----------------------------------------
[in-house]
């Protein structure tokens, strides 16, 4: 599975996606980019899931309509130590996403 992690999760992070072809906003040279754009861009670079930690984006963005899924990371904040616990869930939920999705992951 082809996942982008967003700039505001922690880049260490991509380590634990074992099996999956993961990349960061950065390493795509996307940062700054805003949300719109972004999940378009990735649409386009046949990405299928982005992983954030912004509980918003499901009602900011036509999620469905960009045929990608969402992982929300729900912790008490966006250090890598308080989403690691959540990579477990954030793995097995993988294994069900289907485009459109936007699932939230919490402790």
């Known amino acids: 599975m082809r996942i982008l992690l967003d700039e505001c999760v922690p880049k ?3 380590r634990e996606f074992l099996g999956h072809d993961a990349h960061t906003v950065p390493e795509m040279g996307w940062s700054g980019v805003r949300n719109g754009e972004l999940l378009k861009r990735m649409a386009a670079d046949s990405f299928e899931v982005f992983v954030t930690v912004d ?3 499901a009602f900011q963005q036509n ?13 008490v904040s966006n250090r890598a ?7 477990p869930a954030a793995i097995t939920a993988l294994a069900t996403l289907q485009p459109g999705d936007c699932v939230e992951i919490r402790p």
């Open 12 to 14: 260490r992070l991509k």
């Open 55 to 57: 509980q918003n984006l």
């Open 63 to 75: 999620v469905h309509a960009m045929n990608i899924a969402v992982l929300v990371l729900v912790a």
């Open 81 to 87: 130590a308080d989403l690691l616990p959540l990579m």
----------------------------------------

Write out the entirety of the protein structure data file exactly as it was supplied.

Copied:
[in-house]
């Protein structure tokens, strides 16, 4: 599975996606980019899931309509130590996403 992690999760992070072809906003040279754009861009670079930690984006963005899924990371904040616990869930939920999705992951 082809996942982008967003700039505001922690880049260490991509380590634990074992099996999956993961990349960061950065390493795509996307940062700054805003949300719109972004999940378009990735649409386009046949990405299928982005992983954030912004509980918003499901009602900011036509999620469905960009045929990608969402992982929300729900912790008490966006250090890598308080989403690691959540990579477990954030793995097995993988294994069900289907485009459109936007699932939230919490402790």
């Known amino acids: 599975m082809r996942i982008l992690l967003d700039e505001c999760v922690p880049k ?3 380590r634990e996606f074992l099996g999956h072809d993961a990349h960061t906003v950065p390493e795509m040279g996307w940062s700054g980019v805003r949300n719109g754009e972004l999940l378009k861009r990735m649409a386009a670079d046949s990405f299928e899931v982005f992983v954030t930690v912004d ?3 499901a009602f900011q963005q036509n ?13 008490v904040s966006n250090r890598a ?7 477990p869930a954030a793995i097995t939920a993988l294994a069900t996403l289907q485009p459109g999705d936007c699932v939230e992951i919490r402790p």
């Open 12 to 14: 260490r992070l991509k």
């Open 55 to 57: 509980q918003n984006l």
């Open 63 to 75: 999620v469905h309509a960009m045929n990608i899924a969402v992982l929300v990371l729900v912790a």
């Open 81 to 87: 130590a308080d989403l690691l616990p959540l990579m």